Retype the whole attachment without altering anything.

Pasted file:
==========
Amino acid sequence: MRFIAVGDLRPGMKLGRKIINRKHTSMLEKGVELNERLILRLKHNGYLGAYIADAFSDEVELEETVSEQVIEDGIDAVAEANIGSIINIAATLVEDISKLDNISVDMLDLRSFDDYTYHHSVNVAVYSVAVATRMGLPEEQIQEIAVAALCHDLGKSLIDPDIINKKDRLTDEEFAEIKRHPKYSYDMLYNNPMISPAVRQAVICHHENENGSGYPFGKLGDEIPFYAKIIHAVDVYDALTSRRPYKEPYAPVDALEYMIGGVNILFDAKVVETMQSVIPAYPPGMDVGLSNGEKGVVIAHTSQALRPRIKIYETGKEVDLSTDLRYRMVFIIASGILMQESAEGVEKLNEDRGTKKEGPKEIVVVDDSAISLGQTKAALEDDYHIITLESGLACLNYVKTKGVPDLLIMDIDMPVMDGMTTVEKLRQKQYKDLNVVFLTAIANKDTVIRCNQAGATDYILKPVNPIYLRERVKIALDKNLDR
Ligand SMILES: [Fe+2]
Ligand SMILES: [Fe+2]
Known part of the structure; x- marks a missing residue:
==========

Amino acid sequence: MRFIAVGDLRPGMKLGRKIINRKHTSMLEKGVELNERLILRLKHNGYLGAYIADAFSDEVELEETVSEQVIEDGIDAVAEANIGSIINIAATLVEDISKLDNISVDMLDLRSFDDYTYHHSVNVAVYSVAVATRMGLPEEQIQEIAVAALCHDLGKSLIDPDIINKKDRLTDEEFAEIKRHPKYSYDMLYNNPMISPAVRQAVICHHENENGSGYPFGKLGDEIPFYAKIIHAVDVYDALTSRRPYKEPYAPVDALEYMIGGVNILFDAKVVETMQSVIPAYPPGMDVGLSNGEKGVVIAHTSQALRPRIKIYETGKEVDLSTDLRYRMVFIIASGILMQESAEGVEKLNEDRGTKKEGPKEIVVVDDSAISLGQTKAALEDDYHIITLESGLACLNYVKTKGVPDLLIMDIDMPVMDGMTTVEKLRQKQYKDLNVVFLTAIANKDTVIRCNQAGATDYILKPVNPIYLRERVKIALDKNLDR
Ligand SMILES: [Fe+2]
Ligand SMILES: [Fe+2]
Known part of the structure; x- marks a missing residue: